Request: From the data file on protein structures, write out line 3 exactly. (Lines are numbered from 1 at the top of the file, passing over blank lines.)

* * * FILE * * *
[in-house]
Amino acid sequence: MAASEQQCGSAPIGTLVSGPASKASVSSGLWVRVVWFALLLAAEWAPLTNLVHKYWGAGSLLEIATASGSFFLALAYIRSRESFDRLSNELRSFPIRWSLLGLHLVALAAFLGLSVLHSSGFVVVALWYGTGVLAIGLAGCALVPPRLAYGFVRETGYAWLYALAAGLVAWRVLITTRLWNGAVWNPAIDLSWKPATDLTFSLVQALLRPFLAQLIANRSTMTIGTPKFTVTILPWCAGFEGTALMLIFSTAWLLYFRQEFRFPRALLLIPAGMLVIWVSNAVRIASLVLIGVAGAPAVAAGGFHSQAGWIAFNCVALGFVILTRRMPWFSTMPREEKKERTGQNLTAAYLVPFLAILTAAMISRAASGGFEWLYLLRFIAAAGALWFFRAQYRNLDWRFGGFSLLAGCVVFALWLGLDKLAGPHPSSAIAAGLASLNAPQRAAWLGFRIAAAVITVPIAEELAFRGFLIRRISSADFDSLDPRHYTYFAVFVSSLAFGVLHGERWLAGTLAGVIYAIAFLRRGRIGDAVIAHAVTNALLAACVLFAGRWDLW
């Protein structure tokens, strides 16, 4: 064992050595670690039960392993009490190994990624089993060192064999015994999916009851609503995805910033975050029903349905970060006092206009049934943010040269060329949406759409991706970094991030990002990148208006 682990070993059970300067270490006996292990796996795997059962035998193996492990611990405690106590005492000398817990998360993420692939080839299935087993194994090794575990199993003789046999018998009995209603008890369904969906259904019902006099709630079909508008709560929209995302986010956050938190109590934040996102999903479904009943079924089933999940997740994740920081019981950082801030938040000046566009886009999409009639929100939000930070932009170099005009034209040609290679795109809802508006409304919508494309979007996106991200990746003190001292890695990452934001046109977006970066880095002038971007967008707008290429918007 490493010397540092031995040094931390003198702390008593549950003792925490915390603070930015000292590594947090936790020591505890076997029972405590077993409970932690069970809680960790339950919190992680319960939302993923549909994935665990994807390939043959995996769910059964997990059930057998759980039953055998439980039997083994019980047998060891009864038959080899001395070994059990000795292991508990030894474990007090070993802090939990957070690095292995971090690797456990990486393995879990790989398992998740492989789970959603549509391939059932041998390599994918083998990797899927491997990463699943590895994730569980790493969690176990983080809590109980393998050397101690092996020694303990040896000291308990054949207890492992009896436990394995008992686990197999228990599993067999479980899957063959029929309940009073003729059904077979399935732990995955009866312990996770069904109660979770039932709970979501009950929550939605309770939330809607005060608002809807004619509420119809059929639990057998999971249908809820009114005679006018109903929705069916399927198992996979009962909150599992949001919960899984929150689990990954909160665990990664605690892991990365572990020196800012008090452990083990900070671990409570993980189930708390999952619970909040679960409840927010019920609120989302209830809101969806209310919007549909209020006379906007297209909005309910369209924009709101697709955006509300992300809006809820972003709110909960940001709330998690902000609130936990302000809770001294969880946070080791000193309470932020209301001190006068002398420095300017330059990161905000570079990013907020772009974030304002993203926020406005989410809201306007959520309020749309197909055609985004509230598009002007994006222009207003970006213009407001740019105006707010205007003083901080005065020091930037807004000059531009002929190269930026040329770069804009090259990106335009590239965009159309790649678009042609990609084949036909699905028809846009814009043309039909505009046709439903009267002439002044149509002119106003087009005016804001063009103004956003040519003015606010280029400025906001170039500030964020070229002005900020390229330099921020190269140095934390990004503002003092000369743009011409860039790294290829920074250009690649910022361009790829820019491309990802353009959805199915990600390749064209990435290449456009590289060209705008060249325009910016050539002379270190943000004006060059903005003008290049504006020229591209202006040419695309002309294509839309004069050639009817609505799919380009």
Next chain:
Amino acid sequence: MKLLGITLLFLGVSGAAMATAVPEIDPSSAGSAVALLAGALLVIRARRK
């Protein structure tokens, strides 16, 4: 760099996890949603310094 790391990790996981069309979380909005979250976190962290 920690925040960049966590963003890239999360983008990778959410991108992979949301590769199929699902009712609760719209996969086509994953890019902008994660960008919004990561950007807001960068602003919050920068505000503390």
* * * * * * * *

């Protein structure tokens, strides 16, 4: 064992050595670690039960392993009490190994990624089993060192064999015994999916009851609503995805910033975050029903349905970060006092206009049934943010040269060329949406759409991706970094991030990002990148208006 682990070993059970300067270490006996292990796996795997059962035998193996492990611990405690106590005492000398817990998360993420692939080839299935087993194994090794575990199993003789046999018998009995209603008890369904969906259904019902006099709630079909508008709560929209995302986010956050938190109590934040996102999903479904009943079924089933999940997740994740920081019981950082801030938040000046566009886009999409009639929100939000930070932009170099005009034209040609290679795109809802508006409304919508494309979007996106991200990746003190001292890695990452934001046109977006970066880095002038971007967008707008290429918007 490493010397540092031995040094931390003198702390008593549950003792925490915390603070930015000292590594947090936790020591505890076997029972405590077993409970932690069970809680960790339950919190992680319960939302993923549909994935665990994807390939043959995996769910059964997990059930057998759980039953055998439980039997083994019980047998060891009864038959080899001395070994059990000795292991508990030894474990007090070993802090939990957070690095292995971090690797456990990486393995879990790989398992998740492989789970959603549509391939059932041998390599994918083998990797899927491997990463699943590895994730569980790493969690176990983080809590109980393998050397101690092996020694303990040896000291308990054949207890492992009896436990394995008992686990197999228990599993067999479980899957063959029929309940009073003729059904077979399935732990995955009866312990996770069904109660979770039932709970979501009950929550939605309770939330809607005060608002809807004619509420119809059929639990057998999971249908809820009114005679006018109903929705069916399927198992996979009962909150599992949001919960899984929150689990990954909160665990990664605690892991990365572990020196800012008090452990083990900070671990409570993980189930708390999952619970909040679960409840927010019920609120989302209830809101969806209310919007549909209020006379906007297209909005309910369209924009709101697709955006509300992300809006809820972003709110909960940001709330998690902000609130936990302000809770001294969880946070080791000193309470932020209301001190006068002398420095300017330059990161905000570079990013907020772009974030304002993203926020406005989410809201306007959520309020749309197909055609985004509230598009002007994006222009207003970006213009407001740019105006707010205007003083901080005065020091930037807004000059531009002929190269930026040329770069804009090259990106335009590239965009159309790649678009042609990609084949036909699905028809846009814009043309039909505009046709439903009267002439002044149509002119106003087009005016804001063009103004956003040519003015606010280029400025906001170039500030964020070229002005900020390229330099921020190269140095934390990004503002003092000369743009011409860039790294290829920074250009690649910022361009790829820019491309990802353009959805199915990600390749064209990435290449456009590289060209705008060249325009910016050539002379270190943000004006060059903005003008290049504006020229591209202006040419695309002309294509839309004069050639009817609505799919380009």